REVIEW – The Lost Girls by Angela Marsons

9 year old Amy and Charlie are best friends, inseparable, their parents as close as you could get, living perfect suburban lives. Until one day they’re not.

Falling prey to a sinister group of kidnappers, all with their motives for doing so different. Will, the cool, calm collected one with his motives in his pocket – Symes, the cold-hearted military man, sadistic in the gaining of his pleasures. And a third, who I won’t reveal for the sake of the ending and spoilers – but I certainly didn’t see that coming.

And that, for me, is the eternal mark of a good crime novel. I’ve read so many over the years, and all too often I’ve spotted the betrayer, the mystery bad guy at the heart of the case. This time I was surprised, and that was enough for me to go – oh yes, this has certainly hit the spot.

The novel part of this book was how the parents were played off against each other, competing financially and psychologically. It broke down the parents’ relationships with each other and had them at each other’s throats, and it does go to show how everything else can go out of the window when your kids are involved.

There were twists and turns with the earlier kidnap of Emily and Suzie that added a wonderful dimension and sense of urgency, because you could see the effect on their parents, the paranoia of Emily’s mother and the depression of Suzie’s. Intertwining the past case that had gone half right and half wrong with the very real threat towards Amy and Charlie was a crowning glory of this novel.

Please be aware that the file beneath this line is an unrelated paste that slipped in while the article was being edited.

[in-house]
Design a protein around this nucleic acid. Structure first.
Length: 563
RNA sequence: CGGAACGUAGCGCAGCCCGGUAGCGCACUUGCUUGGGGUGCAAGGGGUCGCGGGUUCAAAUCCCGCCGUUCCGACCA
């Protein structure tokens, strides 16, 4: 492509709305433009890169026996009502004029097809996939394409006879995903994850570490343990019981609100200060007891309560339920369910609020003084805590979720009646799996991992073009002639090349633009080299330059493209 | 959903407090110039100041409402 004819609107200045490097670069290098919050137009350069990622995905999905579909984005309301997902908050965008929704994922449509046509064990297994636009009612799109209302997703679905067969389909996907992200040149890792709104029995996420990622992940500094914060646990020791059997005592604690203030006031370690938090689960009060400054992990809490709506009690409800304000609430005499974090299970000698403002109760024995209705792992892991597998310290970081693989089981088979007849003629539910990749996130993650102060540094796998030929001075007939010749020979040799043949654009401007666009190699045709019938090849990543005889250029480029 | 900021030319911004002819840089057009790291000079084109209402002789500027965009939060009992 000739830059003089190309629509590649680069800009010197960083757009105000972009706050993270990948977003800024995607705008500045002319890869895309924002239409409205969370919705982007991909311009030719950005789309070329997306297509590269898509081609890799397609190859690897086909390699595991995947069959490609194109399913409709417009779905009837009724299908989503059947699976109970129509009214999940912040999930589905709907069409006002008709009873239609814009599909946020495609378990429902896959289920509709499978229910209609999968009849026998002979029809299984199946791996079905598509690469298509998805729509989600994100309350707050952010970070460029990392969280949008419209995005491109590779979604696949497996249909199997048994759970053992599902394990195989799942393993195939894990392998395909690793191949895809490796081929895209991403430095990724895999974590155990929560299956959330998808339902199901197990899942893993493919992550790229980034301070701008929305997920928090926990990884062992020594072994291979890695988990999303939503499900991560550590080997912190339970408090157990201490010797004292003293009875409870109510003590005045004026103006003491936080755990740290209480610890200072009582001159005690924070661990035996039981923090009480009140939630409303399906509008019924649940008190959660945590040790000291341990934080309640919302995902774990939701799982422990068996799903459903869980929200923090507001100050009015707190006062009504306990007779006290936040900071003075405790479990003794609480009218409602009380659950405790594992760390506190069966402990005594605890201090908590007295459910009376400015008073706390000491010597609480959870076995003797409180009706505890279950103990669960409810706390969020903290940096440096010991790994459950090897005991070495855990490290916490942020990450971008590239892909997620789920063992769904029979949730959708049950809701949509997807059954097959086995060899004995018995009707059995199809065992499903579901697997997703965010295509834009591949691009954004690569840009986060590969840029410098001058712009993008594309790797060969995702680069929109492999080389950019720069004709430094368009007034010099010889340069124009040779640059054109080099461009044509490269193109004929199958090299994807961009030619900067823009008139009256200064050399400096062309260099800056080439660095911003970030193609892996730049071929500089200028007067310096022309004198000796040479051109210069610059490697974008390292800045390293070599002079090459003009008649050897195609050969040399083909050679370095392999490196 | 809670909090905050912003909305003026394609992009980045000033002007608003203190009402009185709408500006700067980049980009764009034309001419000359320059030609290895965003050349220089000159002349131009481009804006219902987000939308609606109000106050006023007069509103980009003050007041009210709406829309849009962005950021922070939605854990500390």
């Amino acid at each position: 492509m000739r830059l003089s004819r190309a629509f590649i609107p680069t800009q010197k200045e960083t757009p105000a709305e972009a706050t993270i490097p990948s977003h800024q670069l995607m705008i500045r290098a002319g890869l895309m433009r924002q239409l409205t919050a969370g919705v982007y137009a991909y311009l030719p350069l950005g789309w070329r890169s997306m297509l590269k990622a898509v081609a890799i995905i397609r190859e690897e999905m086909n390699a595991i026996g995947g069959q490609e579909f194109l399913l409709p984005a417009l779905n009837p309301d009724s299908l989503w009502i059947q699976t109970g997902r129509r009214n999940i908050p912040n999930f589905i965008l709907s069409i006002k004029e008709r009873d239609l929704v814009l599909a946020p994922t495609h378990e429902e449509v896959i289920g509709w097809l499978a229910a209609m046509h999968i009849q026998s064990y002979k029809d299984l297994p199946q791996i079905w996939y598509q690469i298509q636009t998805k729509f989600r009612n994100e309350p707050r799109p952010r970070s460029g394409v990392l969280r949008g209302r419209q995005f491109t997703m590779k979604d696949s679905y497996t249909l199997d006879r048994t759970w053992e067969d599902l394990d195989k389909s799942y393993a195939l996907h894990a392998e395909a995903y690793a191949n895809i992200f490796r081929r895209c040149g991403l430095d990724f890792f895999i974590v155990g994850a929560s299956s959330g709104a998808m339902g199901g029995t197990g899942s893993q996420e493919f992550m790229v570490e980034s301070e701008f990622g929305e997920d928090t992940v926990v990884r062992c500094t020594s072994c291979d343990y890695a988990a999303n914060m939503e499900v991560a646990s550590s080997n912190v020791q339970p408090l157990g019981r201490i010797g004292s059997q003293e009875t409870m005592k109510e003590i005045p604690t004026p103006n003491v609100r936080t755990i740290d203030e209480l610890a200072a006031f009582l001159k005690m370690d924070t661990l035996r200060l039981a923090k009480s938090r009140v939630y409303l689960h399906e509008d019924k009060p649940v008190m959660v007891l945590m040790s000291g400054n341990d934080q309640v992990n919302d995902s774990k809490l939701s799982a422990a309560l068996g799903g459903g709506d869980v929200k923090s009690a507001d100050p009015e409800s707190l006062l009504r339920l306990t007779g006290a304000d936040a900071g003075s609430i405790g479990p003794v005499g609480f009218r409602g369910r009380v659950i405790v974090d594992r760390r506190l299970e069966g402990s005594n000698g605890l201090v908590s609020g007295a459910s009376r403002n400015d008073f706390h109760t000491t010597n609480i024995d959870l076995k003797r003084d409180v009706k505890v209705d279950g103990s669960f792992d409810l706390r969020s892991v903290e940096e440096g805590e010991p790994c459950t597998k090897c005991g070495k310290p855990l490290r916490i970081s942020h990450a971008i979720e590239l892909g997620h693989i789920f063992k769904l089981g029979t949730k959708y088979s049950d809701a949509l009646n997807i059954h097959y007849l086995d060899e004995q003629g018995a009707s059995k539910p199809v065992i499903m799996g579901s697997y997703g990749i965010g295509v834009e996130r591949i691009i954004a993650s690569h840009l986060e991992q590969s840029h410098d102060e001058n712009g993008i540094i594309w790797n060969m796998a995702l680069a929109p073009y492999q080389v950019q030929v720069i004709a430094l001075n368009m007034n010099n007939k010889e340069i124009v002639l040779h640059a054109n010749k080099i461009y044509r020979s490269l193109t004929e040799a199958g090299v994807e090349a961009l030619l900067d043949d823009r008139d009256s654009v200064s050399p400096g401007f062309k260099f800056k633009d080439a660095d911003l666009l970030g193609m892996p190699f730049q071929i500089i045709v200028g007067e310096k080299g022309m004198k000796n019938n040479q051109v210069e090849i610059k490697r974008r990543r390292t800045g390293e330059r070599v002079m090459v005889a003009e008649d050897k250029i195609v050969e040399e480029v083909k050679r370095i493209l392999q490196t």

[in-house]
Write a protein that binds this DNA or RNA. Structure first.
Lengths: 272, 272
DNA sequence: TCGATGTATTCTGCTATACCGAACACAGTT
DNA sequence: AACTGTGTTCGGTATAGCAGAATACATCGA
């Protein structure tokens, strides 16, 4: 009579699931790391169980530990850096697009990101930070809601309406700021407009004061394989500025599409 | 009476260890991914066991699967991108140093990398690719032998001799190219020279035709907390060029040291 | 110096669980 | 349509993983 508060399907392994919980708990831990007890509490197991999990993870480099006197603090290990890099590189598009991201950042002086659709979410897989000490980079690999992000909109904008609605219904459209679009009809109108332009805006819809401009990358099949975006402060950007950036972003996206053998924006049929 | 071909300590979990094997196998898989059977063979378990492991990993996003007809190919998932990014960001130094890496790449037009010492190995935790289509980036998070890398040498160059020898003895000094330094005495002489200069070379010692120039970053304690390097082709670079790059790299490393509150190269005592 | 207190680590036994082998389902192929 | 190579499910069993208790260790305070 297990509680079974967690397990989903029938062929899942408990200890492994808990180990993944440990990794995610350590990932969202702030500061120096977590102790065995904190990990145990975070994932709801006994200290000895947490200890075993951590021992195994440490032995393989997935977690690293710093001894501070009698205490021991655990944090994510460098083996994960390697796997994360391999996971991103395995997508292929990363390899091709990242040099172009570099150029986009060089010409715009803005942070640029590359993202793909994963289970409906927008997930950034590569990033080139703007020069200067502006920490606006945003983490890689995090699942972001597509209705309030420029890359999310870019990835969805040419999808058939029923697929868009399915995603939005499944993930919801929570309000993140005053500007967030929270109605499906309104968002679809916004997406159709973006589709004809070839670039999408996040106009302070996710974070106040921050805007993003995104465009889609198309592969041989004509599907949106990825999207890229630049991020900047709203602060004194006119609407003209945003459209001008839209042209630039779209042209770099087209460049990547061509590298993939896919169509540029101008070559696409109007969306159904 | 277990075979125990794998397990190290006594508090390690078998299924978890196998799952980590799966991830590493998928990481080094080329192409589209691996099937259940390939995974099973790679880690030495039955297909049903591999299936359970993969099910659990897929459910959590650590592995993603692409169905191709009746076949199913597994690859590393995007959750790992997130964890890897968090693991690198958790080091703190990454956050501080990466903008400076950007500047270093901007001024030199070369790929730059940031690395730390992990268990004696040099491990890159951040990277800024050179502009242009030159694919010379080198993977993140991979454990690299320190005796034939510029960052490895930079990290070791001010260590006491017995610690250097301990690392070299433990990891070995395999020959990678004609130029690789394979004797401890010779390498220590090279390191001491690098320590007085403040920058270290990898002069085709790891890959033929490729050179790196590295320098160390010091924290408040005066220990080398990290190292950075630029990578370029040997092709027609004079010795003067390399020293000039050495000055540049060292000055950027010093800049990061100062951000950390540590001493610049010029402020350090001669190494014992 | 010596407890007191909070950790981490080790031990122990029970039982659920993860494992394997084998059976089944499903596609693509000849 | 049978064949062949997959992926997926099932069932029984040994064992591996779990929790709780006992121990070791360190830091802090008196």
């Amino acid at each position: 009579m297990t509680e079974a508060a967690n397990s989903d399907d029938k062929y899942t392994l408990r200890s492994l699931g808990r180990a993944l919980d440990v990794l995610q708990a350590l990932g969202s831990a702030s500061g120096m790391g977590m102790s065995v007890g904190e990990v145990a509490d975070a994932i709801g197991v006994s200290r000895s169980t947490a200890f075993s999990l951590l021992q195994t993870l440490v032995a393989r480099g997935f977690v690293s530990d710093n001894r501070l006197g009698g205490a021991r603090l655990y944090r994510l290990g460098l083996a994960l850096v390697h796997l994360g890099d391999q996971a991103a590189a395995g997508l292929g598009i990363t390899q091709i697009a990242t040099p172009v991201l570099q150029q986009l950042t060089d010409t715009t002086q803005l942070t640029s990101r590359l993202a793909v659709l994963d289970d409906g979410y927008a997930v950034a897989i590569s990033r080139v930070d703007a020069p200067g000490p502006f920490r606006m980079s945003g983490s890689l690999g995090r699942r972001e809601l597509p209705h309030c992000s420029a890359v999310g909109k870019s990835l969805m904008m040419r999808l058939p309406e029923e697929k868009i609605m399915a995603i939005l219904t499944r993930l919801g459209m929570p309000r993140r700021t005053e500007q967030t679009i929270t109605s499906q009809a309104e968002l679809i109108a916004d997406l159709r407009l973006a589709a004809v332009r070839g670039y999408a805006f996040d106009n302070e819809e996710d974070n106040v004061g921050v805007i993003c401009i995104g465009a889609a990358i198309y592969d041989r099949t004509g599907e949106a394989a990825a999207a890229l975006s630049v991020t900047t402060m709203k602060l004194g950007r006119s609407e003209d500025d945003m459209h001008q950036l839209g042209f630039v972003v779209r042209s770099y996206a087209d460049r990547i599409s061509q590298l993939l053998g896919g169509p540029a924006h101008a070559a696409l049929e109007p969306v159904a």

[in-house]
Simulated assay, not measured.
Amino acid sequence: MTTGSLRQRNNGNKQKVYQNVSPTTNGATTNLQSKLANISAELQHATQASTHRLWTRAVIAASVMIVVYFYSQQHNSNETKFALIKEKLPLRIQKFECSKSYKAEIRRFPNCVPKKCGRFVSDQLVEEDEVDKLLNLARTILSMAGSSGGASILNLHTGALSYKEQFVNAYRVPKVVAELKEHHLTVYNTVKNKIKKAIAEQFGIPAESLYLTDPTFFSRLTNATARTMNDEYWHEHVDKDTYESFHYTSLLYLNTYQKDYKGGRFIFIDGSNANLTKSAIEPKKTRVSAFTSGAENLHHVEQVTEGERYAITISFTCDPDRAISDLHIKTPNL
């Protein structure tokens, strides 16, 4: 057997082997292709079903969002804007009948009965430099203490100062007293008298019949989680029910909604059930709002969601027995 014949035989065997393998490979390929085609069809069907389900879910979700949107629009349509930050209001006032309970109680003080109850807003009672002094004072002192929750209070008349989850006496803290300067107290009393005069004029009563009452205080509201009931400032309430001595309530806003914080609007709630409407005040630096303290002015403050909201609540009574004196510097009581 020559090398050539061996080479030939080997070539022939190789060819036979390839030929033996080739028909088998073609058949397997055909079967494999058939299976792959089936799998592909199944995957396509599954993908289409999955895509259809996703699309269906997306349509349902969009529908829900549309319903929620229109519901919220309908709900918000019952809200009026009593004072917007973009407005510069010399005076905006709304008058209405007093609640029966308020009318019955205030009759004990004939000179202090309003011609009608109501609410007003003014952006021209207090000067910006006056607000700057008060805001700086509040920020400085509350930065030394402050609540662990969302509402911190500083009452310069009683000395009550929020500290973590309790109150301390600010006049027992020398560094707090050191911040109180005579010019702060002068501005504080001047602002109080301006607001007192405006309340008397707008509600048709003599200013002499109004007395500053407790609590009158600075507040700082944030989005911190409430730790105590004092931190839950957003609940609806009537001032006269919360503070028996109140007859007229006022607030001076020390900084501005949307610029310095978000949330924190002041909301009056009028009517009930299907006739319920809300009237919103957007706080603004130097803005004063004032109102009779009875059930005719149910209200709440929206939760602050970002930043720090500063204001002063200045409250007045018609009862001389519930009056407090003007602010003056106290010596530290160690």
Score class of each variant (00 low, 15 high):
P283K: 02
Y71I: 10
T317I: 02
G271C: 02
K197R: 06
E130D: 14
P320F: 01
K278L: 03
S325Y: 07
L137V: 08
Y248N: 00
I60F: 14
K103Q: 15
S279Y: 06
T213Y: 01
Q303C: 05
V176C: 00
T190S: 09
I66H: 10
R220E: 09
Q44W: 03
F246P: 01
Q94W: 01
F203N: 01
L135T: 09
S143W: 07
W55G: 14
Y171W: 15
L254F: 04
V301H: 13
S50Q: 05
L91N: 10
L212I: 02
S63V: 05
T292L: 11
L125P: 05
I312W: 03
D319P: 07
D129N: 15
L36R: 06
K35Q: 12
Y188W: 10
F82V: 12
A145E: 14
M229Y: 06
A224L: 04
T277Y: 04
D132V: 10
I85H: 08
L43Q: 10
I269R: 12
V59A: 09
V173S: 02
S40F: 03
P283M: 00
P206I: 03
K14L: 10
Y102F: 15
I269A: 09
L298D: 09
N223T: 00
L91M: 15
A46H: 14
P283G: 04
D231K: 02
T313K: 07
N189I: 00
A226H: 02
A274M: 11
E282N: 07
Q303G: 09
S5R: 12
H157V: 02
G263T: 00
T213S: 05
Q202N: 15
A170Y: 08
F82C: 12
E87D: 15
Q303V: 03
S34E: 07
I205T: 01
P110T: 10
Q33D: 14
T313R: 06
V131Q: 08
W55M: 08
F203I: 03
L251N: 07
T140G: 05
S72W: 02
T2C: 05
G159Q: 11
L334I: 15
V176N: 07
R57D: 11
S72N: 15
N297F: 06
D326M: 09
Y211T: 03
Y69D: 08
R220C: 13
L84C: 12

The characters Marsons has created are ones we can all relate to – the woman who put her career on hold for her husbands’ career, always assuming it would come off the back-burner at some point, the woman avoiding her past mistakes only to have them come to light in the most tragic of ways, kids off to bad starts and parents doing just about anything for them.

Kim as the lead detective still had that familiar loveable rogue lone ranger kind of vibe, misunderstood by the system and resistant to authority, but like all good fictional detectives, she gets the commendations in to justify her actions, and she gets the job done.

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